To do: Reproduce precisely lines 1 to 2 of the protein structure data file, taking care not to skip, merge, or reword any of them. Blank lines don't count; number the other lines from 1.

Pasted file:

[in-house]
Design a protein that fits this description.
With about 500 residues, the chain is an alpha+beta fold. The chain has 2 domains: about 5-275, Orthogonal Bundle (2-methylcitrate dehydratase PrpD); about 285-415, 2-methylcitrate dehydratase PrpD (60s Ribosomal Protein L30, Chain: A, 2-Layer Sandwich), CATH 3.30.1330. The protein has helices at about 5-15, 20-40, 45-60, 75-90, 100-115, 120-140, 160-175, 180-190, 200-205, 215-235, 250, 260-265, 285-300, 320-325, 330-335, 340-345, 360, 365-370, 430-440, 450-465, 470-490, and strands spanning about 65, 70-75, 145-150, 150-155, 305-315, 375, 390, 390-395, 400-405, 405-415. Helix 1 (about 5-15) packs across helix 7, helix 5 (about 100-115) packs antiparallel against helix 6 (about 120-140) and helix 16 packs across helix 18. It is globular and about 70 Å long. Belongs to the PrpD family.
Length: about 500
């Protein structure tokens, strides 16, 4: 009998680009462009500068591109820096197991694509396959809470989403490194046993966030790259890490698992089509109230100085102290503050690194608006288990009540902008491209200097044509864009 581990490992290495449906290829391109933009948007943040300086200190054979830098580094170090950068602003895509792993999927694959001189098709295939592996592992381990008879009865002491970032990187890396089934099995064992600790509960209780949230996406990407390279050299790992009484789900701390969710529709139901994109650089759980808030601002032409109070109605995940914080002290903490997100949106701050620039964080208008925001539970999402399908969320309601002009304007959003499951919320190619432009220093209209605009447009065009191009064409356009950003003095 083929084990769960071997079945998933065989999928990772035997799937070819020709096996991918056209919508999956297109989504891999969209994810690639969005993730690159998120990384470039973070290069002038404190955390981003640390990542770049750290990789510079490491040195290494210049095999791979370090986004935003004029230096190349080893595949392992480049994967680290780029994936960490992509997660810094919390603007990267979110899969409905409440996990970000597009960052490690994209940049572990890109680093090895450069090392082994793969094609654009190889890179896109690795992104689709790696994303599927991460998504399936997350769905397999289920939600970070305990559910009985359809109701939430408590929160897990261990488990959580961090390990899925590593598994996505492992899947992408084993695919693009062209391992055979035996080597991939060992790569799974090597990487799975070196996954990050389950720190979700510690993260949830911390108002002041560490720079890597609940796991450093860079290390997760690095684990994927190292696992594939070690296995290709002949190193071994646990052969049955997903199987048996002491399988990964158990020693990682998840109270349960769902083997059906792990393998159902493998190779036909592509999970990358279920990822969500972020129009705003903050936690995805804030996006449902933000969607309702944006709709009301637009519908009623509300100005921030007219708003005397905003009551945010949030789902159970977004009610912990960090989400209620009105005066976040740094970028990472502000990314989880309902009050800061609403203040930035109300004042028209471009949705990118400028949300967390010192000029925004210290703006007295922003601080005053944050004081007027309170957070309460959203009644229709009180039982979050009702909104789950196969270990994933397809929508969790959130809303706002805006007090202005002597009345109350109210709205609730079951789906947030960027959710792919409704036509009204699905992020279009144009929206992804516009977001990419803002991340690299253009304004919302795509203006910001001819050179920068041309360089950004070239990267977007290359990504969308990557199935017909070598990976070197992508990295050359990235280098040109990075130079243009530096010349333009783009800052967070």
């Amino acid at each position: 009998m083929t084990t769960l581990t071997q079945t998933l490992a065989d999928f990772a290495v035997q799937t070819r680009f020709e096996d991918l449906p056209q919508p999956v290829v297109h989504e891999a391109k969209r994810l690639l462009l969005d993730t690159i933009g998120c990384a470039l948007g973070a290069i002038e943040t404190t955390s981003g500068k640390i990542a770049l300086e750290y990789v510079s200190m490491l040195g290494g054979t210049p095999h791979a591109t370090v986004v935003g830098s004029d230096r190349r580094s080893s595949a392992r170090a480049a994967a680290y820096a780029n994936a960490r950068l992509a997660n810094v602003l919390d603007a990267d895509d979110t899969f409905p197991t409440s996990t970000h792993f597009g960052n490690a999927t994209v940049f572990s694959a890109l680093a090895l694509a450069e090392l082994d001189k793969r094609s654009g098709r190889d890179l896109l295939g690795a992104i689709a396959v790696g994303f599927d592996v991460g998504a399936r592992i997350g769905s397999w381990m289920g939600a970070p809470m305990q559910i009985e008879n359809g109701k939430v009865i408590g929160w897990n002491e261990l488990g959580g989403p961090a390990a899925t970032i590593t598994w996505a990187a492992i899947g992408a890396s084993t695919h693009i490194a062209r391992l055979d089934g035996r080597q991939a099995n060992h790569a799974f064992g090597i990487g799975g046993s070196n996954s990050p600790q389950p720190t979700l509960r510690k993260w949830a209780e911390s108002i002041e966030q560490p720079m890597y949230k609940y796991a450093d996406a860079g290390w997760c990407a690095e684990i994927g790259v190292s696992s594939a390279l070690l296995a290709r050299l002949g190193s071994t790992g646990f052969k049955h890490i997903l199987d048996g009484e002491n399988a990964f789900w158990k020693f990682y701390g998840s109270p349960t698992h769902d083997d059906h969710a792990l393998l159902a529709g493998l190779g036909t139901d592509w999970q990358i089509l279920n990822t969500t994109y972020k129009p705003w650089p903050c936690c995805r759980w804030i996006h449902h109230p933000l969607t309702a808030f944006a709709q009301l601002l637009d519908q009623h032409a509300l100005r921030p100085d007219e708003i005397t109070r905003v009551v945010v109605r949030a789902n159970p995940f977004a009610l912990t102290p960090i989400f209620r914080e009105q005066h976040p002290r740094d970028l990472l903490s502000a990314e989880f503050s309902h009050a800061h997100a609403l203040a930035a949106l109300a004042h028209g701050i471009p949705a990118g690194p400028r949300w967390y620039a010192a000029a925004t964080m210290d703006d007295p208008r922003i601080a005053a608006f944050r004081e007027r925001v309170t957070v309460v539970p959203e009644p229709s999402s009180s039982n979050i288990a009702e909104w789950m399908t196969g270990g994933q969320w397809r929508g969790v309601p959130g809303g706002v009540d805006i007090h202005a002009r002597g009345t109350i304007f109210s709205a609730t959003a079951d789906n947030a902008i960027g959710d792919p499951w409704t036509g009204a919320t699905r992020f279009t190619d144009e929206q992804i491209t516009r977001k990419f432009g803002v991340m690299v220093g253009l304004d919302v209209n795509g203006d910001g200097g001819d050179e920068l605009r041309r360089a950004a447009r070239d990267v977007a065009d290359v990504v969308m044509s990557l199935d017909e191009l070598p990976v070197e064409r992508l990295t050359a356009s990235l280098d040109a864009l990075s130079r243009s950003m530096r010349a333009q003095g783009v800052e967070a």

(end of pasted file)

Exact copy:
[in-house]
Design a protein that fits this description.